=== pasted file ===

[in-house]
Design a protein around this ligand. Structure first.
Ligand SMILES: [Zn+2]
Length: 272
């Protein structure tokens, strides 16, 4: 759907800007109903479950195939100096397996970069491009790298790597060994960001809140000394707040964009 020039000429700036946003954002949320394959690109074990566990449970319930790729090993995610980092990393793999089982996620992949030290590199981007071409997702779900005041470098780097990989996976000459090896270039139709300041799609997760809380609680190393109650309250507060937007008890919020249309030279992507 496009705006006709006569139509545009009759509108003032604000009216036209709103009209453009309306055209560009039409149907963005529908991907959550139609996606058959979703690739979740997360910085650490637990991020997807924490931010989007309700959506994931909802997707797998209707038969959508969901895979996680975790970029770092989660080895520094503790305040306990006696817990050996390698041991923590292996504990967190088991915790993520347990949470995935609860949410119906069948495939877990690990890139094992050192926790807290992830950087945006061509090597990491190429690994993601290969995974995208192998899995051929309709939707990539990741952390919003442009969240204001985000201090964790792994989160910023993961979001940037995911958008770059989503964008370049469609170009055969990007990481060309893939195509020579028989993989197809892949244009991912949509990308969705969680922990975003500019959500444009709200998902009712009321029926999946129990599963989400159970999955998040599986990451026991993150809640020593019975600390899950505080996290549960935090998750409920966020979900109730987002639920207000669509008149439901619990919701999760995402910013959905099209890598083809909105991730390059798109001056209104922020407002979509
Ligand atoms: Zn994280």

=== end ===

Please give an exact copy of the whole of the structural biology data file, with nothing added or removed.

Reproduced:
[in-house]
Design a protein around this ligand. Structure first.
Ligand SMILES: [Zn+2]
Length: 272
């Protein structure tokens, strides 16, 4: 759907800007109903479950195939100096397996970069491009790298790597060994960001809140000394707040964009 020039000429700036946003954002949320394959690109074990566990449970319930790729090993995610980092990393793999089982996620992949030290590199981007071409997702779900005041470098780097990989996976000459090896270039139709300041799609997760809380609680190393109650309250507060937007008890919020249309030279992507 496009705006006709006569139509545009009759509108003032604000009216036209709103009209453009309306055209560009039409149907963005529908991907959550139609996606058959979703690739979740997360910085650490637990991020997807924490931010989007309700959506994931909802997707797998209707038969959508969901895979996680975790970029770092989660080895520094503790305040306990006696817990050996390698041991923590292996504990967190088991915790993520347990949470995935609860949410119906069948495939877990690990890139094992050192926790807290992830950087945006061509090597990491190429690994993601290969995974995208192998899995051929309709939707990539990741952390919003442009969240204001985000201090964790792994989160910023993961979001940037995911958008770059989503964008370049469609170009055969990007990481060309893939195509020579028989993989197809892949244009991912949509990308969705969680922990975003500019959500444009709200998902009712009321029926999946129990599963989400159970999955998040599986990451026991993150809640020593019975600390899950505080996290549960935090998750409920966020979900109730987002639920207000669509008149439901619990919701999760995402910013959905099209890598083809909105991730390059798109001056209104922020407002979509
Ligand atoms: Zn994280």